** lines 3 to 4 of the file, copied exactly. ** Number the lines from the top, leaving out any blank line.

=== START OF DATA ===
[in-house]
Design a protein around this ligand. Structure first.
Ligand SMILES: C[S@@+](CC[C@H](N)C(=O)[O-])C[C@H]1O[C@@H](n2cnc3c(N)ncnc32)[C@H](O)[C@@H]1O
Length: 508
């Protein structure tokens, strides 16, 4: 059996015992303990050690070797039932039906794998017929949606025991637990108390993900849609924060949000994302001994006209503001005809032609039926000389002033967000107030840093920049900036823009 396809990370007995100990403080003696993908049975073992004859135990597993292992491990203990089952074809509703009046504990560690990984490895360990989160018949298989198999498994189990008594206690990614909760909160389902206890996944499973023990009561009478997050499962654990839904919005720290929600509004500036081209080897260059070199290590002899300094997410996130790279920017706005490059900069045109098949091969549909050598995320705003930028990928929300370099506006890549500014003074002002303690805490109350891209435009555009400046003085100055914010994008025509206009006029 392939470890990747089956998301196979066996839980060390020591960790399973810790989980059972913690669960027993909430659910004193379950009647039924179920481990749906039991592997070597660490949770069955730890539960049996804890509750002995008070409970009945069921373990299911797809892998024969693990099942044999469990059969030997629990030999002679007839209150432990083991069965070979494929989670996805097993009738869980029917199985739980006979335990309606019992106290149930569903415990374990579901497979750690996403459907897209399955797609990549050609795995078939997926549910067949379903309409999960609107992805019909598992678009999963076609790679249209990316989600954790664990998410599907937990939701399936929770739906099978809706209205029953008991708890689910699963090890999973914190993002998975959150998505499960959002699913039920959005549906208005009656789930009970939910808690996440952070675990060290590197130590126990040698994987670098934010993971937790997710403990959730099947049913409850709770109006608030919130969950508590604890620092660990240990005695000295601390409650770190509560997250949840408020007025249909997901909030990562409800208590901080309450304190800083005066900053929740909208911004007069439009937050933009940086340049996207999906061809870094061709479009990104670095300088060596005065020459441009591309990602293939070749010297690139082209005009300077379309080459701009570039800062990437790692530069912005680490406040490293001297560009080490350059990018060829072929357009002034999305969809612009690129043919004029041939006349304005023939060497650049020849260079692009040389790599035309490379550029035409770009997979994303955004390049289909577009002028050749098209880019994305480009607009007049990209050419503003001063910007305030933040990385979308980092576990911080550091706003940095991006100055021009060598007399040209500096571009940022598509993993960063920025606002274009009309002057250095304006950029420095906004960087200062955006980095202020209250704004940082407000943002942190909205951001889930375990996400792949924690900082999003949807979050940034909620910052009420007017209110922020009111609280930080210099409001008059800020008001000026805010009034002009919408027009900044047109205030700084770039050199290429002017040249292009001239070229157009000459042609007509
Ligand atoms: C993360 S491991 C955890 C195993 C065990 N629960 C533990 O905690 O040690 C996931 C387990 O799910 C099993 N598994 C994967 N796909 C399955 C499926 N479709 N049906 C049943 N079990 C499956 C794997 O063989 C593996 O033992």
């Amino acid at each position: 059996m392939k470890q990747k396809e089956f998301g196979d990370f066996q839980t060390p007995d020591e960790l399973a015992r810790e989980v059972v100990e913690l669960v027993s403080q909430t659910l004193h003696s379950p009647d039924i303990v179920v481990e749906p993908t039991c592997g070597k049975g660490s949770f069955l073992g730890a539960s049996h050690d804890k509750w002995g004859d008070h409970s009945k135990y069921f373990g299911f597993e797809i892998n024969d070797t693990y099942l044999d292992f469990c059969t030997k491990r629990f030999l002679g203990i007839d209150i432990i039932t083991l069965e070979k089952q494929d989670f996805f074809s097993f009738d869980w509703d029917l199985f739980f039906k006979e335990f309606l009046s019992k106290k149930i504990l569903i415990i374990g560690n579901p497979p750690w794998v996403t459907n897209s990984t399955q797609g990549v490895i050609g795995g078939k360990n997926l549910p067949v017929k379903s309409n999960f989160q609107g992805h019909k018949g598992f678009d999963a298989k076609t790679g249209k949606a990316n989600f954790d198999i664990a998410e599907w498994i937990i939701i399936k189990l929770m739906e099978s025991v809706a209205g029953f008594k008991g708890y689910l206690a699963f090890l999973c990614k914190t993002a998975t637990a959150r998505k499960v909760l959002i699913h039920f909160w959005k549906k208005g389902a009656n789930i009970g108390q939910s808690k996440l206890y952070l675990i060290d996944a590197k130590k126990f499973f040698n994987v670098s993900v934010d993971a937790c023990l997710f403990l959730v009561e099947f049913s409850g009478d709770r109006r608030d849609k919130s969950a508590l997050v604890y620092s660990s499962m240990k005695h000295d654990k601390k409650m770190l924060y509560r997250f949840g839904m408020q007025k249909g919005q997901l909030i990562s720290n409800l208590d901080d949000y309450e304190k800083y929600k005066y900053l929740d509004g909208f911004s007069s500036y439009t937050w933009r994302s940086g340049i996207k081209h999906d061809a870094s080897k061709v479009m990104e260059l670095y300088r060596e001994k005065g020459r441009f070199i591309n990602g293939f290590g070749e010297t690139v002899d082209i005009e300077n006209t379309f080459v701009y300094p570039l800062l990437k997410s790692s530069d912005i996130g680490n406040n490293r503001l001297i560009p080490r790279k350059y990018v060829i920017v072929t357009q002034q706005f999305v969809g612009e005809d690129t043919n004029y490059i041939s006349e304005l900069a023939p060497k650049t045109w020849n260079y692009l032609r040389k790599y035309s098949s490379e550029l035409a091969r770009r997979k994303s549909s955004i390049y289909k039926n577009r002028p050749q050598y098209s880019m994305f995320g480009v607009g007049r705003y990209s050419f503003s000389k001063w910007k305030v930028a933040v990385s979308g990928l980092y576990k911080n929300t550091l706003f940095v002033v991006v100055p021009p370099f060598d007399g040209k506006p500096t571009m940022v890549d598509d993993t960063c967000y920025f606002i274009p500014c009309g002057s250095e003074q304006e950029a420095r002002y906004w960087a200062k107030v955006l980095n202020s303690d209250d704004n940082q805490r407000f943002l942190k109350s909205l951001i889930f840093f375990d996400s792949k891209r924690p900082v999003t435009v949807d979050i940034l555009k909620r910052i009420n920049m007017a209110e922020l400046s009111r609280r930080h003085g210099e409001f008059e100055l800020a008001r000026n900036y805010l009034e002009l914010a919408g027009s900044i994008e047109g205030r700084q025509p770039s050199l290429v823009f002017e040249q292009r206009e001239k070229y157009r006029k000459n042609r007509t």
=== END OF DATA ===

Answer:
Ligand SMILES: C[S@@+](CC[C@H](N)C(=O)[O-])C[C@H]1O[C@@H](n2cnc3c(N)ncnc32)[C@H](O)[C@@H]1O
Length: 508